The same can’t be said for the Z3. The BMW’s nose is long and seats are pushed rearward, so the driver sits far behind the Roadster’s center of rotation. Hustling the soft BMW requires muscle. Slow steering—made less precise by time and hard miles—focuses the mind. The trailing-arm rear suspension is nearly identical to that of the E30 M3, lending the same tail-happy nature, albeit in a less balanced package. Negotiating high-speed corners requires constant management of the front-end weight. Do it right and the German-designed, American-built Z3 rockets onto the straights, propelled by a torquey 3.2-liter straight-six. Later models had the more potent 315-hp S54 engine, but that doesn’t mean this M Roadster is underpowered. “It’s one of those beautiful linear BMW engines. There’s excitement at all levels,” Brown mused.
The five-speed manual is a thrill to work too. A notchy shift action and a stiff aftermarket clutch require the same sort of mechanical antipathy that the Roadster’s chassis rewards. This is not a Hockenheim-honed instrument; it’s a muscle car in lederhosen. Its steering feels relatively loose, and its dynamics are more sports sedan than sports car, but beat on it and it comes alive. The Z3 is an old-school roadster delivering old-school fun.
“When you go from the S2000 to the BMW, the two things you notice are the weight on the front end and how much more you have to turn the wheel,” Silvestro concluded. “Play with it long enough, and the front weight bias and less antsy steering rack make it easy to slide.” Of course, this requires disabling the interventionist traction control system. Fun means taking chances.
Then there’s Honda’s blue-collar champion. There’s no traction control button to hunt down, because early S2000s were free of nonsense. In fact, there are very few buttons at all. The tech-forward notions rooted in at Porsche and BMW at the turn of the millennium hadn’t yet infected Honda. It’s so disinterested in nondriving pleasures that the radio hides behind a blank cover panel. The top is paper-thin, presumably because Honda believed that no S2000 owner could ever want peace and quiet. That philosophy also determined the gearbox ratios, which keep the engine screaming at 4500 rpm in sixth gear at 80 mph. You could scour this earth without encountering a better six-speed.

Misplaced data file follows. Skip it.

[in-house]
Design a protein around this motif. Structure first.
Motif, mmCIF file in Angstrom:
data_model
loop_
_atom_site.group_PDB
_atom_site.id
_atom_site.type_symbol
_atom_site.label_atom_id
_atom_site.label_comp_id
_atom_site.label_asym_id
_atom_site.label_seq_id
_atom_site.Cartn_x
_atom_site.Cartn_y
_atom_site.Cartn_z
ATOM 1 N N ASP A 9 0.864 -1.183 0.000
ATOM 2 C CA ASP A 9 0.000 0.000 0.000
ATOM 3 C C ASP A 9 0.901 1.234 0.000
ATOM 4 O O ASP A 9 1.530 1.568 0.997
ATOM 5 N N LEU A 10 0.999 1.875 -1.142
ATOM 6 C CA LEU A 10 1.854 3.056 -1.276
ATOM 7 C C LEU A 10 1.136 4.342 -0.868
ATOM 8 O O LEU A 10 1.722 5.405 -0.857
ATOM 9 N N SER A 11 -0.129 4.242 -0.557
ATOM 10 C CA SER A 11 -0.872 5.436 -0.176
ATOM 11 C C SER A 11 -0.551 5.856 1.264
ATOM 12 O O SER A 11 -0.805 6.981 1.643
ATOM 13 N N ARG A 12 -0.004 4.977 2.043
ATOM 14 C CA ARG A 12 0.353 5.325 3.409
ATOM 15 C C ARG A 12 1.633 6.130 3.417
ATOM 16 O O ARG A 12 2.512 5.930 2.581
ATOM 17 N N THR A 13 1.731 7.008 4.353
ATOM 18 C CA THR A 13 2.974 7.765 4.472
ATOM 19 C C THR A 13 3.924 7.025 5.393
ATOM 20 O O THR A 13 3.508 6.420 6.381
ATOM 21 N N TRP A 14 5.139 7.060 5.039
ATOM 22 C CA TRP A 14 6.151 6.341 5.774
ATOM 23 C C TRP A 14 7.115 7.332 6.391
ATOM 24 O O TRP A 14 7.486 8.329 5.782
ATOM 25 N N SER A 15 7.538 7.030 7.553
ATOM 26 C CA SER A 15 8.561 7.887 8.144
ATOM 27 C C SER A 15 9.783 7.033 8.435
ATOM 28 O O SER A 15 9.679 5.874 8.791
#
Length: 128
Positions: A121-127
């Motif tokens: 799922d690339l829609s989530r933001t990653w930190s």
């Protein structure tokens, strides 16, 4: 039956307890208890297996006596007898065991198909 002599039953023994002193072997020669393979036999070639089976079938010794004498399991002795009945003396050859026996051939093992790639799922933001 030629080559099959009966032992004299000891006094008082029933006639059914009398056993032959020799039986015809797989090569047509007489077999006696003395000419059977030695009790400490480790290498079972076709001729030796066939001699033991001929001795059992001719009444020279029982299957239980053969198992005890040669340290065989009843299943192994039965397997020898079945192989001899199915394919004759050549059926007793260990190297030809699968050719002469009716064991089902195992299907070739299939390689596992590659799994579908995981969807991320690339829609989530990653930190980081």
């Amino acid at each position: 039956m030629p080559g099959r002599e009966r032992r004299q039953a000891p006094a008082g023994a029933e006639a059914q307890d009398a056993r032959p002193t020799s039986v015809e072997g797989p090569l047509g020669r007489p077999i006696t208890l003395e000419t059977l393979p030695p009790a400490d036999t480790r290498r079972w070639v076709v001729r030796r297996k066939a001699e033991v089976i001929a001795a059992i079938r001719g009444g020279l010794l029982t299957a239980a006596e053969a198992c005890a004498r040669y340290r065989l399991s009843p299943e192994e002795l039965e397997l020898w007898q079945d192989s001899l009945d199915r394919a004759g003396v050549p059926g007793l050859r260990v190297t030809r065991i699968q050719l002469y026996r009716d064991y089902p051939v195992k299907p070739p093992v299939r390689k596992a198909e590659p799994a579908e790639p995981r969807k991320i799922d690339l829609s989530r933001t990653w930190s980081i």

The dream of that ideal vintage driving experience meets reality with a mere touch of the wheel. The S2000 dazzles with ultrasharp turn-in and absolute precision, and does so with an electric power steering setup that, considering the era, should sap every ounce of feel. And nearly does.
The remote steering alone makes the S2000 feel like a modern sports car. So too does the VTEC system, designed to add a swift kick in the ass as the car switches to its more aggressive cam profile at 6000 rpm. Peak power of 240 hp doesn’t arrive until 8300 rpm, long after the BMW and Porsche have hit their rev limiters. Redline lives at 9000 rpm, a far-off figure that arrives like a divine crescendo. There is nothing futuristic about all of this, but the face-melting theatrics mean the S2000 feels light-years ahead of either German on a racetrack.
Take the party to public roads and minor weaknesses appear. The S2000—on OEM suspension or with this KW coil-over kit—is far stiffer than the Boxster and M Roadster. Its tremendous balance and smooth on-track pace are kneecapped by every pothole, the Honda bucking through corners. Absent steering feel and with a reputation for snap oversteer, the S2000 is the most intimidating to push hard. Its limits may be stratospheric and far beyond its competitors, but you’ll have to be brave enough to find them. Constant shifting is required to keep the pace; the paltry 153 lb-ft peak torque can be accessed only at 7500 rpm. Catch it on the left side of the tach, and it’s gutless, slow, and uninteresting. Work it hard and find its flow, and it’s clearly the most stimulating of the three.
The BMW, meanwhile, feels special at any speed. There’s a brawny bravado in the way it goes about business. Loaf around Long Island or browbeat it on a back road; there’s always more to love. The same softness that felt vague on the track reappears on the road, this time as compliance and comfort. Top down and humming along, the M Roadster delivers the driving experience of BMW’s best sports sedans but with wind in your hair.
“I have trouble saying it’s the best sports car here, but the M Roadster is the most special,” Brown said.
Broken pavement also suits the Boxster. Its softer setup glides over divots, those unflappable track manners even more pleasant on road. Precise, smooth, and quieter than the others, the Boxster is free of gaping faults. Trouble is, the package is so rounded that there’s not one charming bit to cling to. The BMW has bulldog charisma and its inline-six; the S2000 has its whip-crack steering and berserk engine.
Parked up in a railyard in Tivoli, New York, we emerged from our tired old roadsters ready to sort out our business as the sun sank. We squared up for a fight that never came. All that back-of-the-envelope math and group-chat trash talk didn’t matter after the seat time. In the end, the victor made itself known.
Our goal was to find a roadster so charming, so special, you’d never have to explain it. Only one of these cars improves upon the standard Mazda set with the Miata. Only one is so captivating that all three of us have owned one. Only one is the S2000.